characteristic scale of ?100 beats have a different mecha-
nism from that for the waking state.
To date, no significant difference in the multifractal
scaling property  or the PDF of the local energy fluctua-
tions  between sleep and waking states has been ob-
served. In contrast, using the magnitude correlation
functions, we demonstrate that there is indeed an essential
difference between sleep and waking states. This result
indicates that one-point statistics are not sufficient fully
to characterize heart rate fluctuations. Similarly, no signifi-
cant change in the correlation properties of the magnitude
of increment has been reported for exercise and resting
conditions , whereas we now demonstrate a striking
difference between constant exercise and usual daily
In conclusion, we have demonstrated that a healthy
human heart rate exhibits phase transitionlike dynamics
between different behavioral states, with a dramatic depar-
ture from criticality. We have discussed relevant character-
istics in the significant behavioral states, showing that
strongly correlated fluctuations—a hallmark of critical-
ity—are observed only in the narrow region of usual daily
activity, while a breakdown follows the transition to other
FIG. 3 (color online).
(the standard deviation has been set to one) of the increment ?sB
across scales, where the ?sis the standard deviation of ?sB?i?.
The standardized PDF’s (in logarithmic scale) for different time
8;16;32;64;128;256;512;1024 beats. The PDF’s are estimated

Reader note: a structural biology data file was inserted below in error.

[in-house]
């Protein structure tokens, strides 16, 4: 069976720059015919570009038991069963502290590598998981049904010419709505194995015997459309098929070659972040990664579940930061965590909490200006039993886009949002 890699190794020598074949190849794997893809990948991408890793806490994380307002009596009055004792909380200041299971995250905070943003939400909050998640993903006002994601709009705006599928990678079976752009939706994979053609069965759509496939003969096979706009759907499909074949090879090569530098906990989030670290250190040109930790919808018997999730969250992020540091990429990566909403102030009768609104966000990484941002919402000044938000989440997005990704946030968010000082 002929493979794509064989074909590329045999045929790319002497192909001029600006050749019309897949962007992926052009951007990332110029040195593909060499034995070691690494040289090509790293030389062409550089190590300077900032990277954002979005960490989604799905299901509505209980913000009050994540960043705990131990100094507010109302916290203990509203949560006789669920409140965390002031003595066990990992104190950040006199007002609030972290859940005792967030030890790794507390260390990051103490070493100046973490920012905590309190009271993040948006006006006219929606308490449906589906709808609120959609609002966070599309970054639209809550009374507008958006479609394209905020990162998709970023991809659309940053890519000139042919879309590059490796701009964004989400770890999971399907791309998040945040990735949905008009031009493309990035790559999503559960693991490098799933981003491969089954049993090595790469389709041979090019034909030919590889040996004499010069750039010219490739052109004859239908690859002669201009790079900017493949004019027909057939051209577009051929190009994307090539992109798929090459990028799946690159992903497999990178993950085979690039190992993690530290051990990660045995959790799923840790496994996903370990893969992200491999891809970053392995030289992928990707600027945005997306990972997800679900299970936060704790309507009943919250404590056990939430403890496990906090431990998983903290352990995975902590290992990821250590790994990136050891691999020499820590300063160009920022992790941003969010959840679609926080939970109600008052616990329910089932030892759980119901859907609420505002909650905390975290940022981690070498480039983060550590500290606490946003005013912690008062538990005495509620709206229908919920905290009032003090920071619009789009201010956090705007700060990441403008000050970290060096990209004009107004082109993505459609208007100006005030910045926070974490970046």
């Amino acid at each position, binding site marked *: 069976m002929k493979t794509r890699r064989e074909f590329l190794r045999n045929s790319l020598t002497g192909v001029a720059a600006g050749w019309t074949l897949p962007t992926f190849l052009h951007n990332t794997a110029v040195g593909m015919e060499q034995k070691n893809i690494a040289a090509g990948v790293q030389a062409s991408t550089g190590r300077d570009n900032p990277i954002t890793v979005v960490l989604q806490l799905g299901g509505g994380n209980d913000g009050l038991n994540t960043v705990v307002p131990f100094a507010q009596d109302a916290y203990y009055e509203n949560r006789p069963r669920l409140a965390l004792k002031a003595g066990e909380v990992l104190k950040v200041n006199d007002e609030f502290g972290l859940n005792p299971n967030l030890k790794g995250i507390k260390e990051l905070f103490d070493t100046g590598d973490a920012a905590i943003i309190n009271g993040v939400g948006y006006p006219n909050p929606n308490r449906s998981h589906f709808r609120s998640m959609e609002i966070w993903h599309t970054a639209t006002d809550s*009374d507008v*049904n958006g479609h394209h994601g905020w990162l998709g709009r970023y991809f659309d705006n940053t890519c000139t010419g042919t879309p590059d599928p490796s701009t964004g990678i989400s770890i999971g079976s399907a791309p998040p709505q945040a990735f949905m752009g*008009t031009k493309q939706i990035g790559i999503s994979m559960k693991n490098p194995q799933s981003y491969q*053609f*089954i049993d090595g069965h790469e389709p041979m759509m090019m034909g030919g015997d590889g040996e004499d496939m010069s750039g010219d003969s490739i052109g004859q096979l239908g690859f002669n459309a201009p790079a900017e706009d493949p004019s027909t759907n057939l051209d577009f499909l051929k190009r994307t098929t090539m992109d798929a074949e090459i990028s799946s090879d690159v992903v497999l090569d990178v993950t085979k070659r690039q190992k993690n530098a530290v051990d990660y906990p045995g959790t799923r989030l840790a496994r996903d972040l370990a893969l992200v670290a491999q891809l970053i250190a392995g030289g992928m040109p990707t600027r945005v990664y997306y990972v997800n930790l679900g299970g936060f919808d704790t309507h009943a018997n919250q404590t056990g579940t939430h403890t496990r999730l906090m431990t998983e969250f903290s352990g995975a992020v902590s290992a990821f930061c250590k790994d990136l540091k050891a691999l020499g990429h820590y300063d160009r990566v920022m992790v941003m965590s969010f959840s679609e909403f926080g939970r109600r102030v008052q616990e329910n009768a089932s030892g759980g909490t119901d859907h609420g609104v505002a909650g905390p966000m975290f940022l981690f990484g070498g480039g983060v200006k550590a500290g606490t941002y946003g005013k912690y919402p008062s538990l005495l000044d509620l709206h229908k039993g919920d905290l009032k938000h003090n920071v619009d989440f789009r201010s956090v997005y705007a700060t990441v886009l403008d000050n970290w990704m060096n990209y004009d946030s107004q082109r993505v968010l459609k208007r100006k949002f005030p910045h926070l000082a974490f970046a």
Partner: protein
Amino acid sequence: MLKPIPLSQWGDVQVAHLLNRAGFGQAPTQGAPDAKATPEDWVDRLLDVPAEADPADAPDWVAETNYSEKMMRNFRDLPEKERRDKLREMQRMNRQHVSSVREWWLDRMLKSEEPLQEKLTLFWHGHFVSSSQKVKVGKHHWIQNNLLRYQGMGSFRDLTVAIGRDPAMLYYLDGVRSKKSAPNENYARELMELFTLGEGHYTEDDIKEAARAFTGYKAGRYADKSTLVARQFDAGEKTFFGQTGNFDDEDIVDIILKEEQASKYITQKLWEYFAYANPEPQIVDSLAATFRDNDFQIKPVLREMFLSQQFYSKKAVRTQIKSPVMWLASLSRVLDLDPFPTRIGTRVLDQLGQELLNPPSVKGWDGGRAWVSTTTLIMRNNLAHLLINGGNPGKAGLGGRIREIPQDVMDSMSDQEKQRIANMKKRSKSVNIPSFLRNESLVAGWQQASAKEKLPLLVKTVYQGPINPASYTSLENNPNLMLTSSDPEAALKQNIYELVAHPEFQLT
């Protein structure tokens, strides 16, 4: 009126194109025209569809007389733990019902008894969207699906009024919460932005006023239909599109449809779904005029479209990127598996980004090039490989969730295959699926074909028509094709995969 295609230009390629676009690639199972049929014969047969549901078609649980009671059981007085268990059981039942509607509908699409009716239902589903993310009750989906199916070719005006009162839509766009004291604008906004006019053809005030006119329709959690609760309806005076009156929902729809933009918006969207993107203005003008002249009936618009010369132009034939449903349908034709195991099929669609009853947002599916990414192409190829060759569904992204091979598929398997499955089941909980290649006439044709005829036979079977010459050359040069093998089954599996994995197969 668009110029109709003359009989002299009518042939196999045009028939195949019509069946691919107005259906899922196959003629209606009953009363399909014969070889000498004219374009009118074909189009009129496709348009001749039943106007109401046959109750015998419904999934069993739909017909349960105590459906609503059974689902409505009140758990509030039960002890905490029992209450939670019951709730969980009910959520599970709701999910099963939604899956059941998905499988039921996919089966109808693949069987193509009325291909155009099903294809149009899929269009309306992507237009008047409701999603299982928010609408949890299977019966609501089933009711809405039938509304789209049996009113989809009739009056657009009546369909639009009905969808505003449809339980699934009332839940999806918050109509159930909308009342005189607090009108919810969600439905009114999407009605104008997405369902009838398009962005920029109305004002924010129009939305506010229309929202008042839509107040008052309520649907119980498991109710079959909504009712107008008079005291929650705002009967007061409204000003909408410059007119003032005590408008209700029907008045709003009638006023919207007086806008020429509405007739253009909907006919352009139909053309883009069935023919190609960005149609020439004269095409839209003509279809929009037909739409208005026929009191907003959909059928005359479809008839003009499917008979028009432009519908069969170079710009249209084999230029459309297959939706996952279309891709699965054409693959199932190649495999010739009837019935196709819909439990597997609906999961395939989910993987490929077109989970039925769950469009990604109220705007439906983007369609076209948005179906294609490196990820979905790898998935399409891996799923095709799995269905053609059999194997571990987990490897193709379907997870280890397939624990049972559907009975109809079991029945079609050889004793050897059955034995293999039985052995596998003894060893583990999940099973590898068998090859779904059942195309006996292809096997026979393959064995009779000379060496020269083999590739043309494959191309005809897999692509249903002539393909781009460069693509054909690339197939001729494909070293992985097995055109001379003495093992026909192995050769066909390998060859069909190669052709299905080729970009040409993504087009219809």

from all the records for usual daily activity after the exercise.
The dashed line is a Gaussian PDF for comparison. In solid lines,
we superimpose the deformation of the PDF using Castaing’s
equation  with the log-normal self-similarity kernel, provid-
ing an excellent fit to the data. (b) Dependence of the fitting
parameter ?2on the scale s during constant exercise, usual daily
activity after the exercise (DA1), sleep, and usual daily activity
the next morning (DA2).
(a) Deformation of standardized PDF’s
PRL 95, 058101 (2005)
29 JULY 2005
states. This transition is reminiscent of a second order
phase transition, and supports the hypothesis  that a
healthy human heart rate is controlled to converge continu-
ally to a critical state during usual daily activity. We
believe this feature to be a key to understanding the heart
rate control system .
This work was in part supported by Grants from the
Japan Society for the Promotion of Science for Young
Scientists (to K.K.), and
Technology Agency (to Y.Y.).
the Japan Scienceand
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FIG. 4 (color).
(Fig. 1) at each scale (resolution) s; (b) one-scale magnitude correlation functions, C??;4;4?=C?0;4;4?; (c) two-scale magnitude
correlation functions for each state. The color scales and contour lines (at 0.05 resolution increment levels) represent values of
C??;4;s1?=?4?s2. For exercise and sleep states, contour lines of only C??;4;s2? ? 0 can be seen, as the correlation levels remain
within jC??;4;s2?j ? 0:05. The one-scale and two-scale magnitude correlation functions are estimated from all the records for each
(a) Local energy fluctuations ?2
s?i?i of the heart rate increments ?sBs?i? obtained from a representative record
PRL 95, 058101 (2005)
29 JULY 2005